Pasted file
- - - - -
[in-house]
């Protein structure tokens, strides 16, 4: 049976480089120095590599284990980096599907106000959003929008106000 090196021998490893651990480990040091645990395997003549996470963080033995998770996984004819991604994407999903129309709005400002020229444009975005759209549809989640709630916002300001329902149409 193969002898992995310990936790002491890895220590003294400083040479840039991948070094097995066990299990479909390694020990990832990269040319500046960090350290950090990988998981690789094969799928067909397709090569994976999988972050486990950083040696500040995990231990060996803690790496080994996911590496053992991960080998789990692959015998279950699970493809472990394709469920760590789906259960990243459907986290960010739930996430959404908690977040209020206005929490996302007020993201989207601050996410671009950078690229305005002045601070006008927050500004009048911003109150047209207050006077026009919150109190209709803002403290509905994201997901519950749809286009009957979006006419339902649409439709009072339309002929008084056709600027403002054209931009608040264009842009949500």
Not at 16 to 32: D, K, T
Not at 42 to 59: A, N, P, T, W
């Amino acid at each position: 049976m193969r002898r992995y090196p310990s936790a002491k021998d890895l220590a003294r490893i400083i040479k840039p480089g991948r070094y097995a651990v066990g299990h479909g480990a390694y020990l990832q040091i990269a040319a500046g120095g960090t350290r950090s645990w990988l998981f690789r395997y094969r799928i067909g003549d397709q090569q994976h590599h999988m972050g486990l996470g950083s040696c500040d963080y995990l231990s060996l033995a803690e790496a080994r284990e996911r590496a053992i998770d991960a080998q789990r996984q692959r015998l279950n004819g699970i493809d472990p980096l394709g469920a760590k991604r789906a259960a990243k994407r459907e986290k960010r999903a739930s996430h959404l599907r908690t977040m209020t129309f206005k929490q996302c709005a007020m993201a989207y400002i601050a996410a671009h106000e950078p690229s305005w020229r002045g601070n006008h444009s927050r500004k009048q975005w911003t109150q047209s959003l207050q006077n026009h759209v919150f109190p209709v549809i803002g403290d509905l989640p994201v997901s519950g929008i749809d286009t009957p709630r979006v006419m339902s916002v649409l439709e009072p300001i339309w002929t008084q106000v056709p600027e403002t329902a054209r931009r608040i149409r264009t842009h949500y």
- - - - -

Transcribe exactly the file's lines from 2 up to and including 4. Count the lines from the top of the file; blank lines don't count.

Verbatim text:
């Protein structure tokens, strides 16, 4: 049976480089120095590599284990980096599907106000959003929008106000 090196021998490893651990480990040091645990395997003549996470963080033995998770996984004819991604994407999903129309709005400002020229444009975005759209549809989640709630916002300001329902149409 193969002898992995310990936790002491890895220590003294400083040479840039991948070094097995066990299990479909390694020990990832990269040319500046960090350290950090990988998981690789094969799928067909397709090569994976999988972050486990950083040696500040995990231990060996803690790496080994996911590496053992991960080998789990692959015998279950699970493809472990394709469920760590789906259960990243459907986290960010739930996430959404908690977040209020206005929490996302007020993201989207601050996410671009950078690229305005002045601070006008927050500004009048911003109150047209207050006077026009919150109190209709803002403290509905994201997901519950749809286009009957979006006419339902649409439709009072339309002929008084056709600027403002054209931009608040264009842009949500």
Not at 16 to 32: D, K, T
Not at 42 to 59: A, N, P, T, W